2:30 – 4:30pm: My time. Catching up with my family, learning material, scripts, songs. A reformer pilates class, depending upon the day. Getting ready for the theatre.

5:00pm: Dinner. With a performance at 8pm, I try to make sure I’ve eaten with enough time to digest before heading to the theatre.

6pm: Theatre. There are many things to do before the curtain goes up at 8pm, so I try to arrive at the theatre between 6pm and 6:30pm. I always do a full vocal and physical warm-up before the show so I minimise my chance of injury and fatigue.

11pm: Once the show is finished, it’s time to wind down with the cast. I love to have a glass of red wine and some delicious cheese before heading home.

Images courtesy of Kurt Sneddon at Blueprint Studios

September 23, 2015

A Day In The Life Of… Amber Scott

Ever wanted to step into somebody else’s shoes for the day and see what life is like as a magazine editor, a professional sportsperson or corporate high-flyer..? Well, SHESAID is giving you the closest thing to your very own Freaky Friday experience with our A Day In The Life Of… series.

RELATED: A Day In The Life Of… Jordan Mercer

Name and role

Amber Scott, principal artist with the Australian Ballet

Tell us a bit about what you do?

My life as a ballerina is a combination of dedicated routine alongside a great deal of travel and performing. From the outside, a life on the stage and performing around Australia and overseas may seem glamorous, but in reality there is a hidden backstage world where all dancers work themselves to peak physical condition every day. Sweating it out in the studio for hours leads to the reward of performing when a new season opens.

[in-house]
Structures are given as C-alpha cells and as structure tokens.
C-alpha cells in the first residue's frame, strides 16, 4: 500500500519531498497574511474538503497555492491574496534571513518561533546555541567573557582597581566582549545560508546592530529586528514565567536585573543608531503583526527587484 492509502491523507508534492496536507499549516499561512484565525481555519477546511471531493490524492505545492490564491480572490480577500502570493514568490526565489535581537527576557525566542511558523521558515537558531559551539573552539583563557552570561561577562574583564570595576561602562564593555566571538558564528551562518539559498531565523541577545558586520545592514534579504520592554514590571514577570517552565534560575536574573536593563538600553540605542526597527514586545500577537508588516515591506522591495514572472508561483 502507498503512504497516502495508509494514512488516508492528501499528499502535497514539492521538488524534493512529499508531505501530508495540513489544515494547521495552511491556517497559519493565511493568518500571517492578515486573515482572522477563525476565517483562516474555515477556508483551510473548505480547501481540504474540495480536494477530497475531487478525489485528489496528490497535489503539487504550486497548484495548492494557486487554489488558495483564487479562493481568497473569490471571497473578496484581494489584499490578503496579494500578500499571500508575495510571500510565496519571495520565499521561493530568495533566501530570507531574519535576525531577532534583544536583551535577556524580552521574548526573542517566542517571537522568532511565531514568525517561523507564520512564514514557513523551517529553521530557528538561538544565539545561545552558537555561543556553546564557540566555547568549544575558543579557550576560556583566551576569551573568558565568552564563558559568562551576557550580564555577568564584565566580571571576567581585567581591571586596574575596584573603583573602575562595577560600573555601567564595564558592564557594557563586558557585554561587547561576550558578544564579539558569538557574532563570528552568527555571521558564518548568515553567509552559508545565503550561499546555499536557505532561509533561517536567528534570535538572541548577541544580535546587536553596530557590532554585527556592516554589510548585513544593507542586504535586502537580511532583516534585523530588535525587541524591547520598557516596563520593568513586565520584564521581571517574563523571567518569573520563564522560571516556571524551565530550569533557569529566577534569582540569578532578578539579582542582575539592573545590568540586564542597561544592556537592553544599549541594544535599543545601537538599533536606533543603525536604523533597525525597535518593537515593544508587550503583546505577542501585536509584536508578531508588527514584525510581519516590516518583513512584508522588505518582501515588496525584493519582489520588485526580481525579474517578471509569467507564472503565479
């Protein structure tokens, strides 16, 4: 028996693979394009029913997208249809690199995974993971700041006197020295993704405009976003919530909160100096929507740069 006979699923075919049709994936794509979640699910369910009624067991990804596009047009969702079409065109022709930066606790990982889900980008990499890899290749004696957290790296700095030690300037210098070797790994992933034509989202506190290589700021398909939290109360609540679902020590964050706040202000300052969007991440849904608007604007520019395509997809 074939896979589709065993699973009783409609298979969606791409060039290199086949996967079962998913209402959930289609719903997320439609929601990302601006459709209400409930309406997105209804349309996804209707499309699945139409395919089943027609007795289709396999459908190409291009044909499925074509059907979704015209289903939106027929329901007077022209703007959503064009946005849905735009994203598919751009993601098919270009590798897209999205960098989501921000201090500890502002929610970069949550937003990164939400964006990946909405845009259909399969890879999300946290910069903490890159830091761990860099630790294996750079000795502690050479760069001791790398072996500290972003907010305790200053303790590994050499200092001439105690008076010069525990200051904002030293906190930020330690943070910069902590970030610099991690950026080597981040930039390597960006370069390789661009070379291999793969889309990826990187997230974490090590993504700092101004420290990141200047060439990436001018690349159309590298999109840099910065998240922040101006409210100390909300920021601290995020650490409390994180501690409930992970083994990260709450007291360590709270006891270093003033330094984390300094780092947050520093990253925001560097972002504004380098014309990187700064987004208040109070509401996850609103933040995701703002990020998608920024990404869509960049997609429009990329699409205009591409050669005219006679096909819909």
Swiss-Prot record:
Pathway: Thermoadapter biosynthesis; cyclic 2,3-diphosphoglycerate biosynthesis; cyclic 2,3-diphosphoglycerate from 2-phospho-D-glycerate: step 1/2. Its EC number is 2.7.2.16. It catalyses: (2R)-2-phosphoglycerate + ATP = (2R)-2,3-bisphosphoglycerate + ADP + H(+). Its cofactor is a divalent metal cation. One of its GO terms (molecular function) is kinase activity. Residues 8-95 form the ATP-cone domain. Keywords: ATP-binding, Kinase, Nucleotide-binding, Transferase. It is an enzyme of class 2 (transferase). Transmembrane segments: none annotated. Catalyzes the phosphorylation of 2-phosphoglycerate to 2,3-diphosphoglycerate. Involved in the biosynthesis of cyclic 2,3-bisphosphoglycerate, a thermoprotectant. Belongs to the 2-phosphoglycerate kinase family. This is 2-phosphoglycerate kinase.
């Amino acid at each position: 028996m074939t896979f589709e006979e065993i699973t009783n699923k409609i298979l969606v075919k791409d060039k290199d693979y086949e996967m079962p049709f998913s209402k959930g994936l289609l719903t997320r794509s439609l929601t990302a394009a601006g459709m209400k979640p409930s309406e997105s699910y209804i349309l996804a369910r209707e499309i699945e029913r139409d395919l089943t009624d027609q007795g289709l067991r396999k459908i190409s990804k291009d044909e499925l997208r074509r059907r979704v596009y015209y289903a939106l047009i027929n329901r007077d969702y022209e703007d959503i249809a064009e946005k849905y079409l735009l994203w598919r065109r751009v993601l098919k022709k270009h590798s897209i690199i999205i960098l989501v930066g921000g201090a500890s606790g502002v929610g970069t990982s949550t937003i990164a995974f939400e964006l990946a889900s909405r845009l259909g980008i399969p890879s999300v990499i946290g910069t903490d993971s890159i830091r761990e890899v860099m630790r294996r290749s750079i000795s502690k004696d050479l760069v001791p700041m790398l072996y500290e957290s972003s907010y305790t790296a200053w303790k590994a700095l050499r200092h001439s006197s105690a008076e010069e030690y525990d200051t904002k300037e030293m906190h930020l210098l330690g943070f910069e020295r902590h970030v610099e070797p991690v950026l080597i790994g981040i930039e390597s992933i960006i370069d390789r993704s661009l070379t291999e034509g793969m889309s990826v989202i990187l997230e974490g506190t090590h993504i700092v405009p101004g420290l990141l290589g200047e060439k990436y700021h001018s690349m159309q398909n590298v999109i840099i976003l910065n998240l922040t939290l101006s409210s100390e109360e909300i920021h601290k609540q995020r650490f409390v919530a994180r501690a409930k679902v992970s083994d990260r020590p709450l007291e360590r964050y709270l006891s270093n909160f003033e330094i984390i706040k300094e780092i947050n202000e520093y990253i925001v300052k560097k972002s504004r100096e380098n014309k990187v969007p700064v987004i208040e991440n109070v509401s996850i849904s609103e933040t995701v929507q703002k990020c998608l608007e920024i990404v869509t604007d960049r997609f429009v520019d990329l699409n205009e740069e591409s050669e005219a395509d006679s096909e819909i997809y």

When did you discover your talent? Did you always want to be a dancer?

When I was a young girl my mother noted my boundless energy and took me to creative dance classes. I loved these as it was such a fun way to express all that energy. I grew up on the Sunshine Coast QLD so being physical was such a huge part of my youth. I feel all the running, swimming and climbing I did as a youngster really helped condition my body for the life ahead. My parents took me to see Swan Lake when I was five and it was definitely an epiphany, I think that was my fated moment when I knew what I wanted to do. Along the way, the years of training and endless dedication occasionally became a bit tedious and I probably had ulterior careers such as a paediatrician or actress up my sleeve, but my true love of dance always won out!

Inspirational Women, A Day In The Life Of, Career Development, Career Advice, Ballet, Performance, Talent, Theatre

Where do you find your inspiration? Who has had the most impact on you and your career?

I have been inspired by every teacher I have been lucky enough to learn from. My first teacher Anne Fraser was so important in teaching me the pure beauty of classical technique. Eileen Tasker from the National TheatreBallet school in Melbourne gave me the courage to go for it and try new steps and even if they weren’t perfect she gave me a real sense of joy in performing. Marilyn Rowe OBE, Gailene Stock CBE AM and Leigh Rowles picked me out from a room of eleven-year-olds to join their associate program and thus began my life within The Australian Ballet family. Marilyn Jones OBE directed me as young girl and taught me my first solo en pointe. I feel so lucky to have been inspired by these women from a young age. They all gave so generously of their time and shared their ballerina secrets with me. When I think of grace, kindness and humility I think of all these ladies. My mother is also a beacon of light for me. She gave up a lot of her dreams so I could have mine and we had so much fun learning together about this wondrous world of ballet. It’s always so special to perform when my family are in the audience. Thinking of them comforts me and makes me want to express all the joy of life when I’m onstage.